The Secretary-General’s Special Representative for Somalia, Ahmedou Ould-Abdallah, said he is “extremely encouraged” by the majority decision by Somali lawmakers to expand the Transitional Federal Parliament by 275 seats.
The decision, which was adopted in Djibouti this past weekend, creates up to 200 new seats in the Somali Parliament, whose holders will be selected by the opposition Alliance for the Re-Liberation of Somalia. They will be sworn in in Djibouti, where the Alliance is in reconciliation talks with the Transitional Federal Government. Another 75 seats have been set aside for civil society and opposition politicians who are not affiliated with the Alliance.
The expanded Parliament is expected to elect Somalia’s new Head of State, who is in turn expected to take the oath of office later this month.
The World Food Programme (WFP) is helping households in Burundi’s northern province of Kirundo. Crops there have withered after inadequate rainfall between September and November.
WFP distributed more than 650 metric tons of food there last week. This is in addition to more than 700 tons of food given out to nearly 200,000 students at schools in six other provinces. For its part, the Food and Agriculture Organization (FAO) will provide seeds and tools to the most affected households. These include cassava, which is a lean-season crop.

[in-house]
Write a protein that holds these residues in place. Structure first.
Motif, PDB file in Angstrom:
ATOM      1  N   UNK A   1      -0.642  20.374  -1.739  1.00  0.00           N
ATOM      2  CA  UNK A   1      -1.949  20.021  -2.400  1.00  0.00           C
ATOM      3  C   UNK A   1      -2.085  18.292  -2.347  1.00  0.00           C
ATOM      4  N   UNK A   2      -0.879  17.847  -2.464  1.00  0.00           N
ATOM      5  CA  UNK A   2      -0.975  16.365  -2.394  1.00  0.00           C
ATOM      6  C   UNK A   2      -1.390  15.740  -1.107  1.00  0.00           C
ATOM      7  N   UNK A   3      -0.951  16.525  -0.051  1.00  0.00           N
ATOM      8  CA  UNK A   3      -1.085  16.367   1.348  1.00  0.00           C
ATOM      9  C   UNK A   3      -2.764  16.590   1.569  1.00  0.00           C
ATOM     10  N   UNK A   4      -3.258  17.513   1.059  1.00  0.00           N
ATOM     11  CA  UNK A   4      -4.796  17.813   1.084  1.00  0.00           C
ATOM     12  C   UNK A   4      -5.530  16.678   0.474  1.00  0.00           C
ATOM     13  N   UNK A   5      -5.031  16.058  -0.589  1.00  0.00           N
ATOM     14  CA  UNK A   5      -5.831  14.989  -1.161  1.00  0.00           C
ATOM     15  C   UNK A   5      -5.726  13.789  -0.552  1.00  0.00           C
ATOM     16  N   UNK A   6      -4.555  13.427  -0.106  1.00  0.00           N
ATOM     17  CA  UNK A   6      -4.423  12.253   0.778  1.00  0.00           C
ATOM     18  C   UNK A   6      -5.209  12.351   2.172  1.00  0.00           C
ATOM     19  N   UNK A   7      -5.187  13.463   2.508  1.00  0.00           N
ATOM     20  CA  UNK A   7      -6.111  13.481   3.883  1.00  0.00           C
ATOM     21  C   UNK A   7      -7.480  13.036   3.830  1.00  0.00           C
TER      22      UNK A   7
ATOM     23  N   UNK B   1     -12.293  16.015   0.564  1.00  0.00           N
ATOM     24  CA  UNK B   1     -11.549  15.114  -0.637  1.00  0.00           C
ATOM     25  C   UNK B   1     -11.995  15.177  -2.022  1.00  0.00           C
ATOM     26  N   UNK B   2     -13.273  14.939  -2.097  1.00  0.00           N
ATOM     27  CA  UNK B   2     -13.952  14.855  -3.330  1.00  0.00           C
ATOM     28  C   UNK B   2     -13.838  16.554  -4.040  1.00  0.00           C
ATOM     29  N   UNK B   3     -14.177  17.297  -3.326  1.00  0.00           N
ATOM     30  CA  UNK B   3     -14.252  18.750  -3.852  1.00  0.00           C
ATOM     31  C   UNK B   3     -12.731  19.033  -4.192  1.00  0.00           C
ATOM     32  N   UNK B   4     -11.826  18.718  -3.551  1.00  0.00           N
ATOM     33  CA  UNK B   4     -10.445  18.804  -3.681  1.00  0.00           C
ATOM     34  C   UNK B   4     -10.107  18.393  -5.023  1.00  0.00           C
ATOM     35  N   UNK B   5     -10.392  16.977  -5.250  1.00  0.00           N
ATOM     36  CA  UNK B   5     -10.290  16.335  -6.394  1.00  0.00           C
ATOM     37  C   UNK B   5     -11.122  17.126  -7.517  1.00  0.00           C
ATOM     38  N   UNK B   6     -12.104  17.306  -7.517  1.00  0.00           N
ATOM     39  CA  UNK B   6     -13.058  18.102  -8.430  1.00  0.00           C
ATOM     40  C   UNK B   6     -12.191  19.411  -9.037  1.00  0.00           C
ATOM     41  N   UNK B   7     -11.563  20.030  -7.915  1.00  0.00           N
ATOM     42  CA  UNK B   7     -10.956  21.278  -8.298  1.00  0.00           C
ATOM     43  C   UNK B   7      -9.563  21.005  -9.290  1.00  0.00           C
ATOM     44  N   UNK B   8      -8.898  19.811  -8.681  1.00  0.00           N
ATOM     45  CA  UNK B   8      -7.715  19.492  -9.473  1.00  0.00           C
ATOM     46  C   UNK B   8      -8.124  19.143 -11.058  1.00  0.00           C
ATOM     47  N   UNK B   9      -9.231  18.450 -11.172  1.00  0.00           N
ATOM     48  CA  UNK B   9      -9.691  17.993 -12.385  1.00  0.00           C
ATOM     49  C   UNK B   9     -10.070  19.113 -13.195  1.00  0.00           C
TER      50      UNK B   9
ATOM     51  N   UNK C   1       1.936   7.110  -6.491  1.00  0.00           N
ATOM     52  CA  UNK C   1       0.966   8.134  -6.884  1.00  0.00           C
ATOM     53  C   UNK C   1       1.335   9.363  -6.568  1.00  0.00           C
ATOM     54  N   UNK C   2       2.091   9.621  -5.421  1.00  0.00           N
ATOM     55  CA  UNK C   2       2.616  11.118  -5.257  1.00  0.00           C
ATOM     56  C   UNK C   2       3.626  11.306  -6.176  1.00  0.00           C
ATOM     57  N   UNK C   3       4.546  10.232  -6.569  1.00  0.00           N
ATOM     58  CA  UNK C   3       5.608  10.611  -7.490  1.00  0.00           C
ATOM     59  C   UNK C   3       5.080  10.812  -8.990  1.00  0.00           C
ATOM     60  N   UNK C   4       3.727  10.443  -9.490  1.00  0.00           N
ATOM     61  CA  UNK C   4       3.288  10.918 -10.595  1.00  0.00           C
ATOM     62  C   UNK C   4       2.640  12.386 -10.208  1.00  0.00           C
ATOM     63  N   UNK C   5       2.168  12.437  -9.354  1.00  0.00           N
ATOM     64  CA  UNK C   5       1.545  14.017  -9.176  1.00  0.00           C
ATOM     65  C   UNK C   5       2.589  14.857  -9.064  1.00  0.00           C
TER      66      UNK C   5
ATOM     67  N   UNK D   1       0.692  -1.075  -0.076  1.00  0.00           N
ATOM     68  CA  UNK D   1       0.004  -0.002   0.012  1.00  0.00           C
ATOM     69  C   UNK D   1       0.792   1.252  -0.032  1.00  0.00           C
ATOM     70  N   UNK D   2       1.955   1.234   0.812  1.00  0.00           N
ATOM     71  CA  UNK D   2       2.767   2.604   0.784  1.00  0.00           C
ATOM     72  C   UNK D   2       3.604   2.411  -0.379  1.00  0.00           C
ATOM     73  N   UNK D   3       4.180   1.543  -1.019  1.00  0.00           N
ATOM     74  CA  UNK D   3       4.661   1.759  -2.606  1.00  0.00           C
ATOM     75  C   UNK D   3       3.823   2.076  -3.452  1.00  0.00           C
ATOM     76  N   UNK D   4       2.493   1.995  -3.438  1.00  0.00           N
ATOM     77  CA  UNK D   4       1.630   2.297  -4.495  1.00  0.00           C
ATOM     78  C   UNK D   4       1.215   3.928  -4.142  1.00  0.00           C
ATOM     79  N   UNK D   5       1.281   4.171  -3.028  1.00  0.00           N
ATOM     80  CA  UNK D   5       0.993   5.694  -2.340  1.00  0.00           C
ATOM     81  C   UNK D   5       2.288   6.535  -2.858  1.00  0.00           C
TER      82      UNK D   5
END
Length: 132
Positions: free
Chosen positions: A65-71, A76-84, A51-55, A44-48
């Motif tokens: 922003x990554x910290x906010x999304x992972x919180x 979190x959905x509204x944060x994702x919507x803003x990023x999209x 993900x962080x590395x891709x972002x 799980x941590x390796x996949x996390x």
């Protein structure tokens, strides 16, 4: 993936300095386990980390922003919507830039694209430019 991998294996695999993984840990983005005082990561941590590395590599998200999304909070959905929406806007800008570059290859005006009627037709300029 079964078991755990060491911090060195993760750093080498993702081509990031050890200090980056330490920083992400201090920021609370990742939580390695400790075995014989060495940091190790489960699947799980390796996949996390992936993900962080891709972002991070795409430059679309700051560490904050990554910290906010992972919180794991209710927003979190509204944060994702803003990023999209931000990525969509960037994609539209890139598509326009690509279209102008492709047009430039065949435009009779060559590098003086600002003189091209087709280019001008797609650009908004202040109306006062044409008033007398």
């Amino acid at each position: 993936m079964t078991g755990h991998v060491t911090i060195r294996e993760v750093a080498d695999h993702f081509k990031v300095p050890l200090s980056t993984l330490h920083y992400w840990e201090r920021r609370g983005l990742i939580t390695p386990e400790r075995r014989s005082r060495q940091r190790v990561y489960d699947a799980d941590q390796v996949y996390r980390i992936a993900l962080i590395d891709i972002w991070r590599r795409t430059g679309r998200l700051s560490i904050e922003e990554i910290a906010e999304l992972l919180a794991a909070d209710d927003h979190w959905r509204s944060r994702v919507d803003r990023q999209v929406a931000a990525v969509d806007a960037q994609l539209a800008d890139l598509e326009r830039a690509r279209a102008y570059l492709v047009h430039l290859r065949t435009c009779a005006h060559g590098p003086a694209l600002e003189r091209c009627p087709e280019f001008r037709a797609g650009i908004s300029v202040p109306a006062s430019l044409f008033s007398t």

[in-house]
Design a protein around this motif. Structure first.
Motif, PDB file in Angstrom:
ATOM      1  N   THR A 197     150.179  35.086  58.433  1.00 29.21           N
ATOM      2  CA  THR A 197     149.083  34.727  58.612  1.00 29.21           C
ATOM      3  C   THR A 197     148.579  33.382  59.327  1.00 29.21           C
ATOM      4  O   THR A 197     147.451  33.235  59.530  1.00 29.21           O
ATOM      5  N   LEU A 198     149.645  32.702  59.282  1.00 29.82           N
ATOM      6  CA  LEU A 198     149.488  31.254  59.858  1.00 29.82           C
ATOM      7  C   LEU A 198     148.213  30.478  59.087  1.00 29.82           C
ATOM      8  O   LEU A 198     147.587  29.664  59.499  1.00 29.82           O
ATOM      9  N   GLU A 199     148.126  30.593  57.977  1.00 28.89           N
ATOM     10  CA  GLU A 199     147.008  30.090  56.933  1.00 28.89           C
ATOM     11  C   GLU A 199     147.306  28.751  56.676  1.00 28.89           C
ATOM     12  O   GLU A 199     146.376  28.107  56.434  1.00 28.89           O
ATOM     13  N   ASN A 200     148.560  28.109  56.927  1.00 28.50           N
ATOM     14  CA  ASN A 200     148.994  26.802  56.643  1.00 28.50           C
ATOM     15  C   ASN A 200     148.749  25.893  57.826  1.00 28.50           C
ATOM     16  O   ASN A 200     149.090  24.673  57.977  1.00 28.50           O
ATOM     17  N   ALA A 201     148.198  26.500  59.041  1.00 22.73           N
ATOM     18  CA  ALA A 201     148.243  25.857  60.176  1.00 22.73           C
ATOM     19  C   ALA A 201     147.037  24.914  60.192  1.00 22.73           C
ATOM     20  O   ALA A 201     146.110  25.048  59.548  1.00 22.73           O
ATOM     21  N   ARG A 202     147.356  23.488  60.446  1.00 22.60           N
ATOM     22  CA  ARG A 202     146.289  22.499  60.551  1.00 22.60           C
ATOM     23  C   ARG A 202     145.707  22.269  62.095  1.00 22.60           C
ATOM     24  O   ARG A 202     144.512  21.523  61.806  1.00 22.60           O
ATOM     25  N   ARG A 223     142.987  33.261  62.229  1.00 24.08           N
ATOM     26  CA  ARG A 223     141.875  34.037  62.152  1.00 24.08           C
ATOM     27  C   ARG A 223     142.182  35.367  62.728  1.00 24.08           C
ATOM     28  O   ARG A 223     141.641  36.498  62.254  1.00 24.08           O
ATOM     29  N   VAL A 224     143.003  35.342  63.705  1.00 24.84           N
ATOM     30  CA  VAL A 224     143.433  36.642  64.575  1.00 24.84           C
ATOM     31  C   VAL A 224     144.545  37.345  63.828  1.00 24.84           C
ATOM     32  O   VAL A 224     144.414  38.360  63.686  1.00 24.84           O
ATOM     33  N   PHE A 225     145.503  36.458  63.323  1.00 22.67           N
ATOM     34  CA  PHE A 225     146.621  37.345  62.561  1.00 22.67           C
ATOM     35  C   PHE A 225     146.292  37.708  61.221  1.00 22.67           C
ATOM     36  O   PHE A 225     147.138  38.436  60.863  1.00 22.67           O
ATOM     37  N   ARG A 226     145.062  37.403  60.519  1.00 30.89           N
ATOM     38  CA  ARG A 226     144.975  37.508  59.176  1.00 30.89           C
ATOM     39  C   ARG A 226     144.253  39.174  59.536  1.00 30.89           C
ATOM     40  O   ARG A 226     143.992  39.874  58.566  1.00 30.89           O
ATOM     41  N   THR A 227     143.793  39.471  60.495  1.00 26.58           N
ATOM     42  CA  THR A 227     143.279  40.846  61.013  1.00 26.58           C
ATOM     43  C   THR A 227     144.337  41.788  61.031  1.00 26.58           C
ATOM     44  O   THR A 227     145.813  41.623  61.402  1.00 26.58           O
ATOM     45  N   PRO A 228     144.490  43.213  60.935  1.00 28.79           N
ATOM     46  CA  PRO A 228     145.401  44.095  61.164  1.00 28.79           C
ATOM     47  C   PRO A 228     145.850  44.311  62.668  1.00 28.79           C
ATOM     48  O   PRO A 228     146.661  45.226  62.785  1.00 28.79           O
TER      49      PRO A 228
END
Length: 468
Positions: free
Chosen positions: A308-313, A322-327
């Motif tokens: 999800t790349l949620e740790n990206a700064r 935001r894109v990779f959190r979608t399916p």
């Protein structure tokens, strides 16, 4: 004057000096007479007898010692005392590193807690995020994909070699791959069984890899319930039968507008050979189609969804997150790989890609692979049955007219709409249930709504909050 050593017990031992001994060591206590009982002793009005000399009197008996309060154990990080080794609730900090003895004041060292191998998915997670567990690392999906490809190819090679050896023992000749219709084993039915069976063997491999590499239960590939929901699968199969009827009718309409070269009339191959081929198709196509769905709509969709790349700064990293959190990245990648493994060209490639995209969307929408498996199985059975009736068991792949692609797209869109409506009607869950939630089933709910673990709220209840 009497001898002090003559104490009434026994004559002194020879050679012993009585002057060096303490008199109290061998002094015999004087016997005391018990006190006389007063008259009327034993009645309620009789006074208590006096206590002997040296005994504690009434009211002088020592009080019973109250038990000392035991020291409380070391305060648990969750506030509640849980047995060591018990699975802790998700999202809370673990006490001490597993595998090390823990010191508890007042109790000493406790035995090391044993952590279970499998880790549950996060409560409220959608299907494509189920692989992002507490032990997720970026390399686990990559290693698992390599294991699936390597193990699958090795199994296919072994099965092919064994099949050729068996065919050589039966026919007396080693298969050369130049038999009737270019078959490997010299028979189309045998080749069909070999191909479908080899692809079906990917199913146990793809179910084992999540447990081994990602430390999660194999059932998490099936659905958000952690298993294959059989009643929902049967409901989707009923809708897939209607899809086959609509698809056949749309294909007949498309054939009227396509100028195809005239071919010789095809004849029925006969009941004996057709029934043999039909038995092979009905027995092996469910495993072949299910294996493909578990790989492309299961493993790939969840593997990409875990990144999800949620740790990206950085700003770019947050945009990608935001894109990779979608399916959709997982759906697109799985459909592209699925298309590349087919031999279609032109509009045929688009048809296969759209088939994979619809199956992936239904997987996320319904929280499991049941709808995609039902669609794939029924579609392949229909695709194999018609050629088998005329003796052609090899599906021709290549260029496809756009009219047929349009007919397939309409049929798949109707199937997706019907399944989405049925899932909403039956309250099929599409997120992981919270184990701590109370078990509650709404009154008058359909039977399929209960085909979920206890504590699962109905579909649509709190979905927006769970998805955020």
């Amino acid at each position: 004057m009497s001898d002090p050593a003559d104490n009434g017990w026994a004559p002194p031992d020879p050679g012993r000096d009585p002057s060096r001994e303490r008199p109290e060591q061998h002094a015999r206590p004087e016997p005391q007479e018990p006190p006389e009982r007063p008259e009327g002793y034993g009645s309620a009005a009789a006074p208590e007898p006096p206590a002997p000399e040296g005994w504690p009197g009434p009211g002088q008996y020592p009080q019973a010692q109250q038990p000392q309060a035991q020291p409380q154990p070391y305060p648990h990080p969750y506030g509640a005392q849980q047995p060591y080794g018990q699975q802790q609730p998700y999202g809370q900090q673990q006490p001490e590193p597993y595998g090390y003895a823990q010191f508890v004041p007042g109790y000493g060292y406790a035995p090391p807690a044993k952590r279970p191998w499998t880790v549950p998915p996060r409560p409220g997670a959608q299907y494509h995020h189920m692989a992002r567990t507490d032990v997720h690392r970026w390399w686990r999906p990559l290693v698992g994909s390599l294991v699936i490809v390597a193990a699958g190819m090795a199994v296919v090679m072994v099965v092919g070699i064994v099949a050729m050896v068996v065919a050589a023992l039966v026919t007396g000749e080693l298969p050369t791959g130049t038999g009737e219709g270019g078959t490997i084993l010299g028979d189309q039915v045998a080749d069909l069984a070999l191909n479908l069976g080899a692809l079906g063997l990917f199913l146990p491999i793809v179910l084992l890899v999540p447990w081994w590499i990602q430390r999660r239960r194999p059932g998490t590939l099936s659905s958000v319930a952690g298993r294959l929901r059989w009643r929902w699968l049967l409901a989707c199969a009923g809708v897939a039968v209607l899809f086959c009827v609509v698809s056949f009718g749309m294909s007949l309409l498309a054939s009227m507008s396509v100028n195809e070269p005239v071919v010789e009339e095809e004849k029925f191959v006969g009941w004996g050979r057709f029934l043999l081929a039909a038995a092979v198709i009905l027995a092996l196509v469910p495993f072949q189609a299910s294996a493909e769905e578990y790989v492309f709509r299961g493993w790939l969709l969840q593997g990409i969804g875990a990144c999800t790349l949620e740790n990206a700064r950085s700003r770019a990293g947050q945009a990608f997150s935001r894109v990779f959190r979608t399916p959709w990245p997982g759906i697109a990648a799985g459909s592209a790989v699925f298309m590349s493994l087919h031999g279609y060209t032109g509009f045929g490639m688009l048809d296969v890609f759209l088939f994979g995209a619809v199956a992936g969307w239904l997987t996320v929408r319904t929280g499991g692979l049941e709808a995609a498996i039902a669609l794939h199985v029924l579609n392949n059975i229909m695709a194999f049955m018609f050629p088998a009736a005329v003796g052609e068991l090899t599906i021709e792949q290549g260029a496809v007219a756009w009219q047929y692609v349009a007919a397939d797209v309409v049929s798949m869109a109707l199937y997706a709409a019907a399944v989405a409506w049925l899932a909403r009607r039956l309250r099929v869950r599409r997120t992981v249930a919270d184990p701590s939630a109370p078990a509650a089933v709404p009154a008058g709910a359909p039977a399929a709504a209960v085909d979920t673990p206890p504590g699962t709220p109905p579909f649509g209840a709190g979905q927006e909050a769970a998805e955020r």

The Secretary-General on Saturday spoke at the Park East Synagogue in Manhattan, in advance of the International Day of Commemoration Honouring the Victims of the Holocaust. He told the gathering there, including survivors of the Holocaust, that the United Nations is determined to tell its timeless lessons.
He noted that, two years ago, the UN General Assembly adopted a resolution condemning, without reservation, any denial of the Holocaust. Memory speaks, the Secretary-General said, adding that that is why it must be preserved and passed to future generations. He said the UN Holocaust Outreach Programme sponsors exhibits, workshops and panel discussions, with the aim of confronting deniers or those who would minimize the importance of the Holocaust.
We have that speech upstairs and on the web. And tomorrow, we will have several events to mark the official International Day of Commemoration.
UNICEF, the World Health Organization (WHO) and the UN Population Fund (UNFPA) today held a joint press conference in Afghanistan to draw attention to the high rate of maternal mortality in that country -- where Afghan women have a 1 in 8 chance of dying from pregnancy-related complications in their lifetime.